Pushbacks by sea

The complaint of the Adriatic Ports Network

“The Adriatic Ports Network expresses its concern about the policy of rejections and readmissions that continues in the Adriatic ports without any assessment of individual situations and causes of inadmissibility of expulsion of foreign citizens, including asylum seekers and unaccompanied minors, in violation of the right to asylum and EU law”.

This is affirmed in the text released in recent days by the Adriatic Ports Network, a network of associations operating in the Adriatic port-cities (Embassy of Rights of the Marches, A.S.G.I., Lungo la Rotta Balcanica and S.O.S. Diritti di Venezia) and, in collaboration with associations operating in the countries of the Balkan Route and in Greece, since 2017 has been monitoring what is happening in the ports and providing information and legal protection to foreign citizens arriving in Italy from Greece and other countries in the region, such as Albania, Croatia and Montenegro.

“During 2020 and in these first months of 2021, the Network received many reports from asylum seekers, including minors, who were prevented from the protection guaranteed by the legislation in force, often without the presence of a mediator and without having received any legal information”, denounces the network of associations. “It was only after the associations intervened that it was possible to counteract the illegitimate practices and guarantee access to the territory, asylum applications and protection. The testimonies collected report episodes of violence and degrading treatment, both at the ports during the tracking and arrival phase and during the journey. In addition, rejected asylum seekers and minors reported being ‘handed over’ to ferry and ship masters for custody and returned to the port of departure.”

The Adriatic branch of the Balkan Route is little talked about in the media, but in the ports of Bari, Ancona and Venice there are many arrivals, by ferry, or of people hidden in lorries, to end with some cases of individual boats. In the 1990s, after the collapse of the regime in Albania, it was an important migratory route; today the numbers are not comparable, but the violations of the rights of these people remain worrying.

“With regard to readmissions to Greece, based on the 1999 Readmission Agreement, the conditions of foreign nationals, asylum seekers and lone minors are still of particular concern. In particular, there are violations of the European regulatory framework, with particular reference to the obstacles to accessing the request for international protection and the inadequacies of the country’s reception system, which does not guarantee the expected standards, not even for minors and families – says the Adriatic Ports Network. In addition, Greece in turn continues to send migrants back to Turkey, a country that stands out for its systematic violation of human rights against its own citizens and against the Kurdish population especially. Turkey is the country with the highest number of journalists in prison for expressing their opinions and it is also the country that a few days ago, with a decree signed by President Erdogan, revoked its participation in the Council of Europe Convention on preventing and combating violence against women and domestic violence (Istanbul Convention). Already in October 2014, Italy was condemned by the European Court of Human Rights (EDU Court) for having rejected – between January 2008 and February 2009- in an indiscriminate manner some foreign citizens coming from Greece (case ‘Sharifi and others’ against Italy and Greece) and intercepted by border police at the ports of Ancona, Bari and Venice. The ECHR condemned Italy for violating the prohibition of collective expulsions, the prohibition of inhuman or degrading treatment and the right to an effective remedy against collective expulsion and exposure to inhuman and degrading treatment. Following the judgment, a supervisory procedure was initiated before the Committee of Ministers of the Council of Europe, aimed at ascertaining the measures taken to prevent the recurrence of the same violations.”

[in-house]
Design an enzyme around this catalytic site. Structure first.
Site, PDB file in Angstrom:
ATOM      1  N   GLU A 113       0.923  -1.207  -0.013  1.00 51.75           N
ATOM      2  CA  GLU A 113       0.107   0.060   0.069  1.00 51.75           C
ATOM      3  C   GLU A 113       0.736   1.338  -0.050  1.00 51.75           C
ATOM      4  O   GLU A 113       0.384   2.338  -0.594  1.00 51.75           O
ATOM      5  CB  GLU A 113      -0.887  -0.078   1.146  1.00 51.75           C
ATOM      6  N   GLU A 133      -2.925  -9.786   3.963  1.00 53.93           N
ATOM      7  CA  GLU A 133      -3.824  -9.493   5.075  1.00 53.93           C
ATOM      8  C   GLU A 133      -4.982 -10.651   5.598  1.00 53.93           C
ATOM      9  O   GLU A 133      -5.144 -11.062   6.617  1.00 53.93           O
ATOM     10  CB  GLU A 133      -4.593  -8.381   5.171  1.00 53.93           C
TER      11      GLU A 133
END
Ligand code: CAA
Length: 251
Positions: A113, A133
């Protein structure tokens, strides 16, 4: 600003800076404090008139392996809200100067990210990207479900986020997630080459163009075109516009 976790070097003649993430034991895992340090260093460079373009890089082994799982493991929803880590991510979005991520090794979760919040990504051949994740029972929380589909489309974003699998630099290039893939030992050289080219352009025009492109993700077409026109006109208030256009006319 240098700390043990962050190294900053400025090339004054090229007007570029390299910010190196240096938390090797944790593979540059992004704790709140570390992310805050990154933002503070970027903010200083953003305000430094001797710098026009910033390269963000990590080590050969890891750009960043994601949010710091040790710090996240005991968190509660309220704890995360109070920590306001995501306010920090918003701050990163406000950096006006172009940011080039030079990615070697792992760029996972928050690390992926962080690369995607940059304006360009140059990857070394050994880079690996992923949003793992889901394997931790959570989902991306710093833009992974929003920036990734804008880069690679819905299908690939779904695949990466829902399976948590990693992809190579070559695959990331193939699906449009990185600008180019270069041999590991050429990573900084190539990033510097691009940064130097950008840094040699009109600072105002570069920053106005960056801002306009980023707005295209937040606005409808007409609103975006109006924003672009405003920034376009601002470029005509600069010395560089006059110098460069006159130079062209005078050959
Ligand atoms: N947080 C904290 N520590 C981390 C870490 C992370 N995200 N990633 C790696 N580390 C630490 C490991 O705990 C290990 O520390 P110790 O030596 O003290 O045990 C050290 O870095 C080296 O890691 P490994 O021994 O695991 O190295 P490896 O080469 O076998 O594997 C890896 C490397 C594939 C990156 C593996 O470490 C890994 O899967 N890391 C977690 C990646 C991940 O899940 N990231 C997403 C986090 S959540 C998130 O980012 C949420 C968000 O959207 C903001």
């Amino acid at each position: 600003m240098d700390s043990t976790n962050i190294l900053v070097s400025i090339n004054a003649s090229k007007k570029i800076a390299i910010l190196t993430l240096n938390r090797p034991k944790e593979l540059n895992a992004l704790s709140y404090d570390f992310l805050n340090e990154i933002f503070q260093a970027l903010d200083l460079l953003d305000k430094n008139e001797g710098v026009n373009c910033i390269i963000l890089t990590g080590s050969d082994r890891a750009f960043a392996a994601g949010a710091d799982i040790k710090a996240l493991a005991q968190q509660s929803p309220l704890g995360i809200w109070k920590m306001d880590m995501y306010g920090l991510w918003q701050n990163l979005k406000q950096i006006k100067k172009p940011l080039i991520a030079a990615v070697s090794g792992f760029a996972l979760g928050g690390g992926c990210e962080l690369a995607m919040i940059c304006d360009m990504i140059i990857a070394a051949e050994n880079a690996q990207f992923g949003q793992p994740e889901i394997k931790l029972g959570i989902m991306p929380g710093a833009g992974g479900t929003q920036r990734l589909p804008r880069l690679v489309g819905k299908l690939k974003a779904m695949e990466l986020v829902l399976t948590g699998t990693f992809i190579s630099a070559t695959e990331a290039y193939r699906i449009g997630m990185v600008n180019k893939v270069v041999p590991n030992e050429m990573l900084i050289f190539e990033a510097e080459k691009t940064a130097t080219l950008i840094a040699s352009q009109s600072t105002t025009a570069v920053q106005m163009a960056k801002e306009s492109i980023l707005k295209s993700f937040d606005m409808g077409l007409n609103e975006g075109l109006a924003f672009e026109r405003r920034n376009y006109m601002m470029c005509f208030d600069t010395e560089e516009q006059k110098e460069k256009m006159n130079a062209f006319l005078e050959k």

This issue should be at the centre of the public debate, while the renewal of the 2016 agreement on migrants is being negotiated with the Turkish government, given that the outsourcing of borders – built on a substantial EU funding to Turkey – has not only failed to solve the problem in recent years, but has made EU institutions accomplice in illegal practices.

The statement of the Adriatic Ports Network concludes with observations and recommendations: “Reiterating the need to stop readmissions to Greece and rejections to Albania and Croatia, as well as to ensure full respect for the right of asylum and all other fundamental rights and guarantees, considers it necessary and urgent to:

  •  proceed with the constant monitoring action both at local level and in the countries concerned, also in view of the likelihood of the intensification of the Adriatic route as a result of the alarming situation in the countries of the Balkan Route and the evolution of the European framework. The Adriatic Ports Network will publish a report with the results of the new requests for access to data on rejections and readmissions and the testimonies collected;
  • promote advocacy and legal actions and reports to the relevant institutions, the Council of Europe and the European Court of Human Rights and persist with the monitoring of the supervision procedure of the Sharifi judgment;
  • implement networking, with the aim of intervening in current arrival and identification management practices with a view to protecting rights at the border and countering illegitimate practices.


by Christian Elia